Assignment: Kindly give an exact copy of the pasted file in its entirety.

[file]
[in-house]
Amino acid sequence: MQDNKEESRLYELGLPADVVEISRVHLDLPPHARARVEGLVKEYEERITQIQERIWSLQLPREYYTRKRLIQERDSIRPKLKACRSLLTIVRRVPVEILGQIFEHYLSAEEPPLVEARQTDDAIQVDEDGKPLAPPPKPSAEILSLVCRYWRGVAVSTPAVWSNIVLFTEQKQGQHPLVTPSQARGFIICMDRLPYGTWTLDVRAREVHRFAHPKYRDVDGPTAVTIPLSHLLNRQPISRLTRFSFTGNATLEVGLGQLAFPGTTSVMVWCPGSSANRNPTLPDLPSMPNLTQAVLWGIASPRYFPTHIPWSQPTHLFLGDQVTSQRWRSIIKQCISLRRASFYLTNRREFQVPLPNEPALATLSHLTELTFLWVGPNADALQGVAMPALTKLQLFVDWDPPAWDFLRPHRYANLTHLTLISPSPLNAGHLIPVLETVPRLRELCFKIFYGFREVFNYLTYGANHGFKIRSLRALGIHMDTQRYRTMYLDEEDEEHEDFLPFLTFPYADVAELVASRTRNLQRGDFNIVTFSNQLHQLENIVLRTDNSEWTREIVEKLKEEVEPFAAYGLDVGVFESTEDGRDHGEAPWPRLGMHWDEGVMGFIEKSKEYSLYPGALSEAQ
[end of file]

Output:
[in-house]
Amino acid sequence: MQDNKEESRLYELGLPADVVEISRVHLDLPPHARARVEGLVKEYEERITQIQERIWSLQLPREYYTRKRLIQERDSIRPKLKACRSLLTIVRRVPVEILGQIFEHYLSAEEPPLVEARQTDDAIQVDEDGKPLAPPPKPSAEILSLVCRYWRGVAVSTPAVWSNIVLFTEQKQGQHPLVTPSQARGFIICMDRLPYGTWTLDVRAREVHRFAHPKYRDVDGPTAVTIPLSHLLNRQPISRLTRFSFTGNATLEVGLGQLAFPGTTSVMVWCPGSSANRNPTLPDLPSMPNLTQAVLWGIASPRYFPTHIPWSQPTHLFLGDQVTSQRWRSIIKQCISLRRASFYLTNRREFQVPLPNEPALATLSHLTELTFLWVGPNADALQGVAMPALTKLQLFVDWDPPAWDFLRPHRYANLTHLTLISPSPLNAGHLIPVLETVPRLRELCFKIFYGFREVFNYLTYGANHGFKIRSLRALGIHMDTQRYRTMYLDEEDEEHEDFLPFLTFPYADVAELVASRTRNLQRGDFNIVTFSNQLHQLENIVLRTDNSEWTREIVEKLKEEVEPFAAYGLDVGVFESTEDGRDHGEAPWPRLGMHWDEGVMGFIEKSKEYSLYPGALSEAQ